Monthly Archives: October 2015


a spool of blue thread by anne tyler

“That was another of their quirks: they had  talent for pretending that everything was fine. Or maybe it wasn’t a quirk at all. Maybe it was further proof that the Whitshanks were not remarkable in any way whatsoever.”

Anne Tyler has a knack of making the ordinary sublime and A SPOOL OF BLUE THREAD is no exception. In many ways it’s the  story of a house and home, representing one family’s hopes, expectations and sense of themselves. It’s also the story of how the family changes from one generation to the next, absorbs new members and loses older ones.

The book opens with a beguiling phone call from black sheep, Denny Whitshank, to his parents Abby and Red, and with the proclamation that he is gay. But this is not the start of anything, nor indeed the end, it’s just another moment in time. As is the very first day of 2012 when “Abby began disappearing” and when Linnie May, Red’s mother, interferes with the porch swing. Even explosive secrets soon fizzle out and become just part of the family tapestry. A SPOOL OF BLUE THREAD is a comforting blanket stitched from many such moments. Each individual member of the clan is richly depicted, with real warmth and humour. Even minor characters are given the Tyler treatment – Denny’s short lived wife, for example, is “pleasant but distracted, as if she were wondering whether she’d left a burner on at home”. The moments and their players are held together by the family thread, even from beyond the grave, with the resulting whole definitely the star attraction.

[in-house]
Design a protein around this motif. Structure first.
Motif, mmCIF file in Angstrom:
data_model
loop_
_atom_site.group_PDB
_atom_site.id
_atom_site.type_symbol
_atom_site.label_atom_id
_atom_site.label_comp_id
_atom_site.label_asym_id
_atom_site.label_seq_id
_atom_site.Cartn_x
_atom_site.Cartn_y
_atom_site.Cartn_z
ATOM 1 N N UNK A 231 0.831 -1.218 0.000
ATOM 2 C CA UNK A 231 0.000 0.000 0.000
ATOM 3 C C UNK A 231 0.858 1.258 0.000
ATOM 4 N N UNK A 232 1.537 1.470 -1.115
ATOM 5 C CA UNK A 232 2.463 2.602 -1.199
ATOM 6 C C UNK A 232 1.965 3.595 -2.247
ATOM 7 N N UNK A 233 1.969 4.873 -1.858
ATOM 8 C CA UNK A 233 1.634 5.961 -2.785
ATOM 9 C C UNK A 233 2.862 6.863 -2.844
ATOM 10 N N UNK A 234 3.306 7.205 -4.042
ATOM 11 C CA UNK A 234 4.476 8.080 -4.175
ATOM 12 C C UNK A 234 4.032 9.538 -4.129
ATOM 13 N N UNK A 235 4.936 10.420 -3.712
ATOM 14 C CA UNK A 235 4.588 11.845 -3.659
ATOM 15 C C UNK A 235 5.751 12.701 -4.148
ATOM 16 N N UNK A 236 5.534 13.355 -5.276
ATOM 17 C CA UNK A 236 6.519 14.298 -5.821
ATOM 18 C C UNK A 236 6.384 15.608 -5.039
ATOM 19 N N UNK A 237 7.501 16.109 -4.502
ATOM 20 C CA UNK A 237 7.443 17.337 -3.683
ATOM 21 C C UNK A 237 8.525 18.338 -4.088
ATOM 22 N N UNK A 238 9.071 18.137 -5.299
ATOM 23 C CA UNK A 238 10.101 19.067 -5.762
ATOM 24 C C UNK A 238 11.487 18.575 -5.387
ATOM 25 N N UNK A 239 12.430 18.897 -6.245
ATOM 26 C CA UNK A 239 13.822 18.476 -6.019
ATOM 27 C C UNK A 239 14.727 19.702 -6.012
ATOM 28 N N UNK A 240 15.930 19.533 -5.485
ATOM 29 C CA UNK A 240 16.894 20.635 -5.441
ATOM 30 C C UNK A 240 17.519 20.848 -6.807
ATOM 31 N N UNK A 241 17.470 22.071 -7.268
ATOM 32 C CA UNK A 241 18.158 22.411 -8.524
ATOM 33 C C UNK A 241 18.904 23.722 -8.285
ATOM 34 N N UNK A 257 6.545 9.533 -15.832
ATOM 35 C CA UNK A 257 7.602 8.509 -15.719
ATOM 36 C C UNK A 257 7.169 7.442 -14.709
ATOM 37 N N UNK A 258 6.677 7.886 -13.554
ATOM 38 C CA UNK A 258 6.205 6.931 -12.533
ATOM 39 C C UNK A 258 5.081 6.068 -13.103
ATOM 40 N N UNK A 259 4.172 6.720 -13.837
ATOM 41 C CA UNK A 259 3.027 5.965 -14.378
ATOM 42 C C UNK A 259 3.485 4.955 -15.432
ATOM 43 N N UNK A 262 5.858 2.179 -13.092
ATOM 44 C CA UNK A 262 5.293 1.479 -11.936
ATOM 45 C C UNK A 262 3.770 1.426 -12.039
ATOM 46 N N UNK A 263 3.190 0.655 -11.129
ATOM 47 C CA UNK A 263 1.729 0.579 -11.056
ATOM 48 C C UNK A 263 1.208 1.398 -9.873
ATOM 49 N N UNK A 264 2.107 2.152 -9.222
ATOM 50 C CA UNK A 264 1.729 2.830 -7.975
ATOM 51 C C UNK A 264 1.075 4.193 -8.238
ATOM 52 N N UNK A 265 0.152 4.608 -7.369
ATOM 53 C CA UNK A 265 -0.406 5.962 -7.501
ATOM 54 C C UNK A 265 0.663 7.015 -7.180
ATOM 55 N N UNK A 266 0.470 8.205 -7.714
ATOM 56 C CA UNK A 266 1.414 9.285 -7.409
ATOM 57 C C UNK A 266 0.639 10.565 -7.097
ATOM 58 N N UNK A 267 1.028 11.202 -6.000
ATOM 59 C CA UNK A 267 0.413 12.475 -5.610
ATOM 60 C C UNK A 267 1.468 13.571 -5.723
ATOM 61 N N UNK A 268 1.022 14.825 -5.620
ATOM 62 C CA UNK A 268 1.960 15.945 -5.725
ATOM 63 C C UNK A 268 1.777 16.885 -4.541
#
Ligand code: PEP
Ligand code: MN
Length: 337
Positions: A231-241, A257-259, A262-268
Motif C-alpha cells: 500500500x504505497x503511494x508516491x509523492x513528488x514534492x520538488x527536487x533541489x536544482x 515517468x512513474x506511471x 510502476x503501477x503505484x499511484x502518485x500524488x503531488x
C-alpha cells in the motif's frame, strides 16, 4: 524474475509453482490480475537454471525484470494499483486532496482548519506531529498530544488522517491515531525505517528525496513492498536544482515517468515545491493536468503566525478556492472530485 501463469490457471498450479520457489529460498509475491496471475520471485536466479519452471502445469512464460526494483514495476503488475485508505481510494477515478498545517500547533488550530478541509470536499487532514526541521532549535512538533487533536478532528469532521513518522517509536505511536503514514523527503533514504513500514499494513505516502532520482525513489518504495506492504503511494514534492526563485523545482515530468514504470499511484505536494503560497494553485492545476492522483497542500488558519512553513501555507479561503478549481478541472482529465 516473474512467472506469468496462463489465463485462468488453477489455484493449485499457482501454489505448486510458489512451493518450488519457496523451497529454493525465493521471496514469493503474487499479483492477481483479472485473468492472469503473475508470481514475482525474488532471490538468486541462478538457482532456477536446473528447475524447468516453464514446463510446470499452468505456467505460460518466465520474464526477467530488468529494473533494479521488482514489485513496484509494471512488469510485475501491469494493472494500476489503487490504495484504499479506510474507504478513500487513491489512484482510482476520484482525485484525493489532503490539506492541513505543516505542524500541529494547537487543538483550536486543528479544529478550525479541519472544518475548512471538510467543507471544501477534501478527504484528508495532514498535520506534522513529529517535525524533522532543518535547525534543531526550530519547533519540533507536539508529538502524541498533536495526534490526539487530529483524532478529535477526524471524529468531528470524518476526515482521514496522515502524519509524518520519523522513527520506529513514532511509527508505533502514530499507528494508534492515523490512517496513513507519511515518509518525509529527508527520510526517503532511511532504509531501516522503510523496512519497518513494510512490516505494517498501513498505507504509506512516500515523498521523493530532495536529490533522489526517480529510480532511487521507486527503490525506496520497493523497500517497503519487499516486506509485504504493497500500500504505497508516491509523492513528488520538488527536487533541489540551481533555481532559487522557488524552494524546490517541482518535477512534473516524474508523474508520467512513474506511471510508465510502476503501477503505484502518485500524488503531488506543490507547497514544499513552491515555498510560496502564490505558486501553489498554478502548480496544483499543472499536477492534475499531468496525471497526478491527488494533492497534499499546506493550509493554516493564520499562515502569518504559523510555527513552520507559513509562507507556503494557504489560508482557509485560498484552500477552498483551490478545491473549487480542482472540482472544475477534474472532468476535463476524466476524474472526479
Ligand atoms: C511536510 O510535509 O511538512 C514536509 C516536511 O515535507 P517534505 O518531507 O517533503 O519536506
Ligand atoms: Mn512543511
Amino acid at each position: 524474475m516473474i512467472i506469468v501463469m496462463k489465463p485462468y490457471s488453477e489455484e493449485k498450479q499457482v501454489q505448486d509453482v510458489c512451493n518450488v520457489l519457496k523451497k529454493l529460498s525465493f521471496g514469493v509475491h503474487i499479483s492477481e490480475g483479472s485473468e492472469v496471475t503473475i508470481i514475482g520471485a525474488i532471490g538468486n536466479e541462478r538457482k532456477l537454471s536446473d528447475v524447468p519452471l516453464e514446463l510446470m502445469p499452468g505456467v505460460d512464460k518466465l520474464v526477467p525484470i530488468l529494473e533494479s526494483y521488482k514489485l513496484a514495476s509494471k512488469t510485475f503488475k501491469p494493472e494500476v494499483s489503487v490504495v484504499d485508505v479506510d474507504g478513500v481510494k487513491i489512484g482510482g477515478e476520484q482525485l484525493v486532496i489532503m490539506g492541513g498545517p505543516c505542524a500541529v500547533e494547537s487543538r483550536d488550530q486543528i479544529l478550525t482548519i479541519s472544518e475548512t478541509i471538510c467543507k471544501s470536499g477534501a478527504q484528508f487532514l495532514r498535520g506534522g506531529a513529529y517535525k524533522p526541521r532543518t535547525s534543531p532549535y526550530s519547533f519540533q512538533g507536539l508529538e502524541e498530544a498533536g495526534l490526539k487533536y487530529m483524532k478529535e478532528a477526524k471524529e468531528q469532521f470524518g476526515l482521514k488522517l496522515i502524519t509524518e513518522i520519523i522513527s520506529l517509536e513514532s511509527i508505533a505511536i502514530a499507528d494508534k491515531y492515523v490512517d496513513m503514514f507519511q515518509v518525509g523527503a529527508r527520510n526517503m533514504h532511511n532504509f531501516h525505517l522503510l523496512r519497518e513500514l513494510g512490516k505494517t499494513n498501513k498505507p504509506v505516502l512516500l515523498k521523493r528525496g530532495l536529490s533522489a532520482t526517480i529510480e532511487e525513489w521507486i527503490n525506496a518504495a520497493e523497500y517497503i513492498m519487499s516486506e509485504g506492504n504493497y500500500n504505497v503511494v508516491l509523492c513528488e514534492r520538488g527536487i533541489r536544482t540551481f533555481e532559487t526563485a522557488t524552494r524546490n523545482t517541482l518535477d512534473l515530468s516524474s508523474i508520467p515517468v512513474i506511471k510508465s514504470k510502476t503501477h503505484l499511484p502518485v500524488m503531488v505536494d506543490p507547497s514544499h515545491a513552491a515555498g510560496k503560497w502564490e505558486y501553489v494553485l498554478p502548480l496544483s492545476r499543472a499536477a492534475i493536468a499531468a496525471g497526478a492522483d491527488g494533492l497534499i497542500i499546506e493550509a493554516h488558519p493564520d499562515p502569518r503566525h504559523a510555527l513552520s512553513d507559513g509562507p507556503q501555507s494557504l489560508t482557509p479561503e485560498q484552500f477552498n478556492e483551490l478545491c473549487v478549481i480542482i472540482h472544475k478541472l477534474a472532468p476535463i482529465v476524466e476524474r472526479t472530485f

Tyler’s lightness of touch is a joy. Her humour as expansive and welcoming as the family home Abby admired when she first met Red’s parents and sought to recreate when they got married. One of my favourite moments is when the pair are mulling over the day before going to sleep and considering what they’d use just one wish on if they had it. Abby declares she’d ask for wonderful lives for all their children, then protests at Red’s failure to put family first when he responds with a wish that his main competitor would be made bankrupt. Her husband’s logic though, is indisputable: “I do put it first. But you already took care of that with your wish.”

Domesticity, minor dramas, discontentment and muddle provide the framework for some universal human truths – such as feeling superfluous when your children have grown up and built their own lives; that “The trouble with dying is that you don’t get to see how everything turns out.”; how the parents of difficult children are left holding sackfuls of anger and resentment, even when they are rejoicing that things seems to be turning out alright; the way we can all sometimes pretend not to notice the passenger standing who needs our seat more than we do; and no matter what your notions of how things should be, everyone else will carry on as they like, regardless.

In the hands of a less deft writer A SPOOL OF BLUE THREAD could have been cloying but Tyler determinedly avoids giving us cosy perfection. This is life full of rough edges, indignity and disappointment – and all the more enjoyable for it.



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THE GIRL IN THE SPIDER’S WEB by David Lagercrantz